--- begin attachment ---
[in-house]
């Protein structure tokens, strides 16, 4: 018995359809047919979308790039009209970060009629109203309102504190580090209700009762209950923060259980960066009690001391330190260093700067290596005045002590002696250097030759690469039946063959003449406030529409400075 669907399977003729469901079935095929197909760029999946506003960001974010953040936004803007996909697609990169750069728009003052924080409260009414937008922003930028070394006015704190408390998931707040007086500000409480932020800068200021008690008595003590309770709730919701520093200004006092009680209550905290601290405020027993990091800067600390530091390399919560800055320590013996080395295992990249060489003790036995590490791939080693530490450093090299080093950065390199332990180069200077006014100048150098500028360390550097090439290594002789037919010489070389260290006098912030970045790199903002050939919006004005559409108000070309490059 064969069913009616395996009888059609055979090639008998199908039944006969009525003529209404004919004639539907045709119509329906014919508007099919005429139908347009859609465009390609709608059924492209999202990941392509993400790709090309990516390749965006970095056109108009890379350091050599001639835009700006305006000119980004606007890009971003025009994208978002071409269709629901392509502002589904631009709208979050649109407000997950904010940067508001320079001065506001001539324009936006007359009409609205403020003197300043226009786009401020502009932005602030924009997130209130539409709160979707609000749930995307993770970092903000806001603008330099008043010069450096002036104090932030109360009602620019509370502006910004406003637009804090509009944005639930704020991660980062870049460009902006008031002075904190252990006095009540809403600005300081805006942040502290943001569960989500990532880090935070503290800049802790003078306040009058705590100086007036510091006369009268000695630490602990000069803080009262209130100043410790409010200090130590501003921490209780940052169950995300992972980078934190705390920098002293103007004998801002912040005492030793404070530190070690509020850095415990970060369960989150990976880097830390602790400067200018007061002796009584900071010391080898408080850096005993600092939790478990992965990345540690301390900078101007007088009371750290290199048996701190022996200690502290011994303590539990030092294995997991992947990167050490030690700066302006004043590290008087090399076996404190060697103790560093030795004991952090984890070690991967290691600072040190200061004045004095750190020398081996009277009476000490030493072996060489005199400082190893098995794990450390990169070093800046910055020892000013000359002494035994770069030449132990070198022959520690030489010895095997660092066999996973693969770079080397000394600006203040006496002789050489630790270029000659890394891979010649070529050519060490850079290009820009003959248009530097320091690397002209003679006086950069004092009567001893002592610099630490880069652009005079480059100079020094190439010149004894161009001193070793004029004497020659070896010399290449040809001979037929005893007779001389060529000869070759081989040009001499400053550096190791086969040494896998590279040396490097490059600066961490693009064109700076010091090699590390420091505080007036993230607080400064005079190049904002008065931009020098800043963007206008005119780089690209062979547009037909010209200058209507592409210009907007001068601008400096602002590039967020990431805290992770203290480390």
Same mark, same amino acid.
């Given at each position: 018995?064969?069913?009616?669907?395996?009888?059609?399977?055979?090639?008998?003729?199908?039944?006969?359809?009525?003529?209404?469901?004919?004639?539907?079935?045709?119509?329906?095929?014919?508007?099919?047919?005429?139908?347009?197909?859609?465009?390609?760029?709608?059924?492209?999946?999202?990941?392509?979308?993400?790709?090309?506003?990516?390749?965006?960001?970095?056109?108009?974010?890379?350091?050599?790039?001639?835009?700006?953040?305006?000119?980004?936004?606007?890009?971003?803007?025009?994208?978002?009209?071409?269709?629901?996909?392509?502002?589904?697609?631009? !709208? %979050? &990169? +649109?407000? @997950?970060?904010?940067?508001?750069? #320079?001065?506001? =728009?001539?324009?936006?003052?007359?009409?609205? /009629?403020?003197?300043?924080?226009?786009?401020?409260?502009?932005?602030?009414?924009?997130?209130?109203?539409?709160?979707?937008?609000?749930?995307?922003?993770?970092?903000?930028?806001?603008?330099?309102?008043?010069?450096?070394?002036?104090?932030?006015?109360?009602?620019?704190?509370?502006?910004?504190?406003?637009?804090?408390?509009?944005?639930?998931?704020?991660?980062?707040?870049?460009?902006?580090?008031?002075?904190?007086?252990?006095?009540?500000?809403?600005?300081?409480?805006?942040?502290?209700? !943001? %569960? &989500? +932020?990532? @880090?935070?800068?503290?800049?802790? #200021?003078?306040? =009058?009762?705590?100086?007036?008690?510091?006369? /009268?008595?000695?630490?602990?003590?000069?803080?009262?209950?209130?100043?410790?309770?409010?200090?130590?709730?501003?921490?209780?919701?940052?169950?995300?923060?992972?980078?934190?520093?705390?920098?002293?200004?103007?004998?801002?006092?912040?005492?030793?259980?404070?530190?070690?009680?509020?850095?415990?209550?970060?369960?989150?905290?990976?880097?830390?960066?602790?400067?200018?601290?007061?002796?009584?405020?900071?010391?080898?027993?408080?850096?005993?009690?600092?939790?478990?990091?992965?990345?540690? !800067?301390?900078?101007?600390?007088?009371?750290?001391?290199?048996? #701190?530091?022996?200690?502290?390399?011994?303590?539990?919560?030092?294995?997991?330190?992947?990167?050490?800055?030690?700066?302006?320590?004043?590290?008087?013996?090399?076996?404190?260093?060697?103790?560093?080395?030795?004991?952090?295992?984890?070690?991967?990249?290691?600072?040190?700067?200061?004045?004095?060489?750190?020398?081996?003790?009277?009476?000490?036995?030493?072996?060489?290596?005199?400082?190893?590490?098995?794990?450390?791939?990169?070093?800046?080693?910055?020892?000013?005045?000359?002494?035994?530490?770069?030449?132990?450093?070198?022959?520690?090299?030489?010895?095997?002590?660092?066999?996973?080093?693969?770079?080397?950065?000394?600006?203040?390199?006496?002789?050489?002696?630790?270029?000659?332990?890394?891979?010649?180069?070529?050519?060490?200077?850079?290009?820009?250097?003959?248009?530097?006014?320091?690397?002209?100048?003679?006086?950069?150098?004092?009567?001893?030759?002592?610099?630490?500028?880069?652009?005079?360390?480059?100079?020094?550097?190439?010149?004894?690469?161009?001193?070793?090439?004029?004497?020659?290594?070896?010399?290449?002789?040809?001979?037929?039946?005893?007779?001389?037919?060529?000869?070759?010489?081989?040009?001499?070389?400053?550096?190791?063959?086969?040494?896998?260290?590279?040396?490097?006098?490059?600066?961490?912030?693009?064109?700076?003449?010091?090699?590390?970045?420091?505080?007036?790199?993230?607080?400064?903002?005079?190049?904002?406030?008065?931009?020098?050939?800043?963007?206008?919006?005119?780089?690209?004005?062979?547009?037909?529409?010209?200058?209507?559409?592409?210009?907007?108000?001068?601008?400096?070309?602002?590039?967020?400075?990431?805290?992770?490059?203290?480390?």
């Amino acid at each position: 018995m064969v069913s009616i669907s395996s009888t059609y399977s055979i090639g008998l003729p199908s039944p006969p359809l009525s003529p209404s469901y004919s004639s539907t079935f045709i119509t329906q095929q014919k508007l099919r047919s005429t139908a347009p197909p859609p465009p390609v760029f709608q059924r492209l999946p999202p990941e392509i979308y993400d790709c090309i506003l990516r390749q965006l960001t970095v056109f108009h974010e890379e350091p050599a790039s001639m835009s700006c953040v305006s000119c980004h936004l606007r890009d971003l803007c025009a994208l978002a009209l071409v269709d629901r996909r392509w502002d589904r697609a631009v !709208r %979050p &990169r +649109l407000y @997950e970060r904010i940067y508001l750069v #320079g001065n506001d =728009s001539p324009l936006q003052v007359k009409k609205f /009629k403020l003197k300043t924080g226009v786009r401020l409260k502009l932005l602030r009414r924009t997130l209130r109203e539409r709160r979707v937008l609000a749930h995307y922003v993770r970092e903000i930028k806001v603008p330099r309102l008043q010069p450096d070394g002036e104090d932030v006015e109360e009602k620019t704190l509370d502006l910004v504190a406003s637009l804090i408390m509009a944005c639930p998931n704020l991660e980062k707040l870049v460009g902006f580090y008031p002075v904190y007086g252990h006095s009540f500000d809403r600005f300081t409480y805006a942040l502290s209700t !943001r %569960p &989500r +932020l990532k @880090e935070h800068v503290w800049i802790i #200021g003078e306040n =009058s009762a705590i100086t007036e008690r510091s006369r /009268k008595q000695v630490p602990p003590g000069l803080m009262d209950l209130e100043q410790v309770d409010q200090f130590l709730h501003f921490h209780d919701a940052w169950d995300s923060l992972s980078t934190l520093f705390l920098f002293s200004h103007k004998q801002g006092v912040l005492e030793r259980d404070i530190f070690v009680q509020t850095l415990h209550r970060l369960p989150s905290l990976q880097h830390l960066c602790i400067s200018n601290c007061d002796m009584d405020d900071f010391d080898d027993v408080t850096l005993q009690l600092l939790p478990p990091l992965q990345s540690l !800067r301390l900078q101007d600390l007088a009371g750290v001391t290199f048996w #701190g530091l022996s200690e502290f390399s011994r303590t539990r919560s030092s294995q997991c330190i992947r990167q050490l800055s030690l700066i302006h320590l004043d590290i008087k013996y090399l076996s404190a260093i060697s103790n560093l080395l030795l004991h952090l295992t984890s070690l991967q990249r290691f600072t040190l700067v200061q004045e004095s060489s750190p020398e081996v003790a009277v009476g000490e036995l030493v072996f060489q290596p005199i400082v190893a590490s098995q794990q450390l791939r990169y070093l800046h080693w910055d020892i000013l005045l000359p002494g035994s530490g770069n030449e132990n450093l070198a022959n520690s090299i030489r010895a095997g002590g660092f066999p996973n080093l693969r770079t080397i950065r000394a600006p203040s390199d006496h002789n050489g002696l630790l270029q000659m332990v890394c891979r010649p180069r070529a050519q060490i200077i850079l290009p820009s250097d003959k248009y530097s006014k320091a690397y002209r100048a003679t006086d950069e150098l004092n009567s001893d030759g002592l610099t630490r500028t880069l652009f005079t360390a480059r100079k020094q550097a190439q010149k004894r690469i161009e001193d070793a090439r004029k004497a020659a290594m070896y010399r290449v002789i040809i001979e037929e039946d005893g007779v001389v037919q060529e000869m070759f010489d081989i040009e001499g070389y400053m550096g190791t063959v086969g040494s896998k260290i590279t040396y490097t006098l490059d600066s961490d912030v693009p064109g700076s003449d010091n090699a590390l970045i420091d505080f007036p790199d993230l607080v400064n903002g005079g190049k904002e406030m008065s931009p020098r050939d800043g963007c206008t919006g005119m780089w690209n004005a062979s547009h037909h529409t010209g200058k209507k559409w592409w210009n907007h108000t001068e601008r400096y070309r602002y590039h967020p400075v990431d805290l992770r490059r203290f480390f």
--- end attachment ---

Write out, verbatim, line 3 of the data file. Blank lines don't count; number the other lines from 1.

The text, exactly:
Same mark, same amino acid.